When talking about the threats of hackers, people tend to focus on their threats to large corporations. Included in this group of people are small business owners, who tend to take the “it can’t happen to me approach” to the issues associated with hacking. Hackers are starting to prove these small business owners wrong, as the vulnerabilities of their systems are beginning to come to light. An article in Forbes cited a study by Symantec in which they found that 40% of cyber-attacks “were targeted at small companies.” Will this be a strong enough news flash for small businesses to change their ways.
Not all of the blame can be placed on the owners, as Forbes found that many of the employees are at fault as well. The employees leave computers unattended, use easy-to-crack passwords, click on unsafe links, etc. All of these acts by employees that small business owners choose not to come down increase the vulnerabilities of their IT services. Another interesting way in which employees make their business’s information vulnerable is by imputing important data onto their cell phones which could be lost at any time.
Small businesses have more important data that is worthy of theft than most of them think. These employees are constantly “putting critical business data at risk,” which doesn’t only effect the company itself, but their suppliers as well. If their suppliers see that doing business means putting their own information at risk, it is very likely that they will cease doing business with them. As we all are aware, small businesses are struggling to compete in the current economic situation, and having issues with suppliers can only increase that hardship which makes it seem like a worthy issue to address.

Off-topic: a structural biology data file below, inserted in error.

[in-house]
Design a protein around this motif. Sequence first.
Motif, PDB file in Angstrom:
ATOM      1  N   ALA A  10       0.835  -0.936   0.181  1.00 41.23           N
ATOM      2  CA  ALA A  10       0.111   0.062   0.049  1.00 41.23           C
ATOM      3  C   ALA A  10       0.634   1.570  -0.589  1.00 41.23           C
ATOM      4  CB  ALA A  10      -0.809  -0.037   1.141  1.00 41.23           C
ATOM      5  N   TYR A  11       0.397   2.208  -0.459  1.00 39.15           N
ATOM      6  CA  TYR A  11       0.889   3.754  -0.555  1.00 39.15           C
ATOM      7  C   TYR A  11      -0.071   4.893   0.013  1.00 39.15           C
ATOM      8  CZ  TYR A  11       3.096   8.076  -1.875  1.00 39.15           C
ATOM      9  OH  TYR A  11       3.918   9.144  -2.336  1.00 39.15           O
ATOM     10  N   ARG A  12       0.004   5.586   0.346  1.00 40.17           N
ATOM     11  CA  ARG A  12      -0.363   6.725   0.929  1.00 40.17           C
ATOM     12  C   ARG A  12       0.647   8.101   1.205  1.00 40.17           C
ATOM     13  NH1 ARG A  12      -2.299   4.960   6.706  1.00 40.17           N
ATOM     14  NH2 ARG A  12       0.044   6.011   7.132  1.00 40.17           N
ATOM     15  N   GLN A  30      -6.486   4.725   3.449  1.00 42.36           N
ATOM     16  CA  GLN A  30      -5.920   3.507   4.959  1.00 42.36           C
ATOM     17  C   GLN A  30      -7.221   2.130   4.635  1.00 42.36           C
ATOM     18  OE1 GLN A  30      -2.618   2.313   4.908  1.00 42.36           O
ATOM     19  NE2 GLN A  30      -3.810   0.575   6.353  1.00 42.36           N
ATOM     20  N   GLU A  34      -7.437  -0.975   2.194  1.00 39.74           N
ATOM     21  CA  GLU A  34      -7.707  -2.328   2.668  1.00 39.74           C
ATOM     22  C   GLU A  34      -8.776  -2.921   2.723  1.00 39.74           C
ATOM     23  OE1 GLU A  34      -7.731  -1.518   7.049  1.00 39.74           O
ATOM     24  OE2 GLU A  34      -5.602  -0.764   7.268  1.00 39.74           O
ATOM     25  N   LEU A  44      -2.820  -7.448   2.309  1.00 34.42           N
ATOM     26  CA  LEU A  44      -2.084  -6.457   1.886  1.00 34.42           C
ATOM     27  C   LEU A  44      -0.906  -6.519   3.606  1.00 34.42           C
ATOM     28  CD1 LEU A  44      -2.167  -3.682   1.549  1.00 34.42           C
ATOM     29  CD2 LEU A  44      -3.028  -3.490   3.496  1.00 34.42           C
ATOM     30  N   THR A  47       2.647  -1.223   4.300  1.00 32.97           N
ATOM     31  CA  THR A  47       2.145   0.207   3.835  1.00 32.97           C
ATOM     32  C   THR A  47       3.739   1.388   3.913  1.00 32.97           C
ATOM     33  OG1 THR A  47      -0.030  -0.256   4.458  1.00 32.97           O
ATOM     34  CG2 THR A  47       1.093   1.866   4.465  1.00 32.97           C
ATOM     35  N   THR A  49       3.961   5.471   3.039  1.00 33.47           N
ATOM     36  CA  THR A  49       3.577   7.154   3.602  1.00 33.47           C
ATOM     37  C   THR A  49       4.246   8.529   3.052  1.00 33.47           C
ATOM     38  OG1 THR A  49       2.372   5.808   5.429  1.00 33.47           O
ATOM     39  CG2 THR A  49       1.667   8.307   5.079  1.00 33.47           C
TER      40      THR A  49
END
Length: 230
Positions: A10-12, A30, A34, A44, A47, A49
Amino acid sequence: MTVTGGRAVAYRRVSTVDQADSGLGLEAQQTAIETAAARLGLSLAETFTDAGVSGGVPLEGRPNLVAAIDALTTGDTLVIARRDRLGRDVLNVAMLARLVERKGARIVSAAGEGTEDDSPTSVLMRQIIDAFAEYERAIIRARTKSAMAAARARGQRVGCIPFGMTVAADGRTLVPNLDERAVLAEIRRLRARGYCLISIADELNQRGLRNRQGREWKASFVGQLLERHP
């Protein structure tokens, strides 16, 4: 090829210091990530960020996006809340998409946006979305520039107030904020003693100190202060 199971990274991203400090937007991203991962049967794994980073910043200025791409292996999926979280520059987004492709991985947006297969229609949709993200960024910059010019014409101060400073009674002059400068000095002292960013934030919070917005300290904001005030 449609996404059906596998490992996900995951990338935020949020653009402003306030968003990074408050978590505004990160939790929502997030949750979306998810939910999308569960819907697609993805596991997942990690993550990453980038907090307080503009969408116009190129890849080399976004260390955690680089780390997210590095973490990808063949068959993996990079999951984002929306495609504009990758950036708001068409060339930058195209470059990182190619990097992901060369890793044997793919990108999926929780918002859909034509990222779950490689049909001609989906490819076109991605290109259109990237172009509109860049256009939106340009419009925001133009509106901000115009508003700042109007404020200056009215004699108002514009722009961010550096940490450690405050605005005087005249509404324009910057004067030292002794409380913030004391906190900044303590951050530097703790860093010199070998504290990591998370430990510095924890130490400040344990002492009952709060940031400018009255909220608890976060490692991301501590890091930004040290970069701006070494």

A Bloomberg article provides an example of a small company that suffered due to a cyber invasion. An online print shop company, Next Day Flyers, had client information and credit card numbers hacked from them. This incident served as a wake up call for the owner, David Handmaker, who thinks small business lack security compared to larger companies because larger companies “have more resources.” Although this is true, I would like to argue that small businesses need to start spending more on their security because of cases like that of Next Day Flyers. As we learned in our IT security lecture, IT security is expensive and does not have a direct return of investment, but I think in order to have the potential to survive, small businesses have to invest in defending their information. What do you think?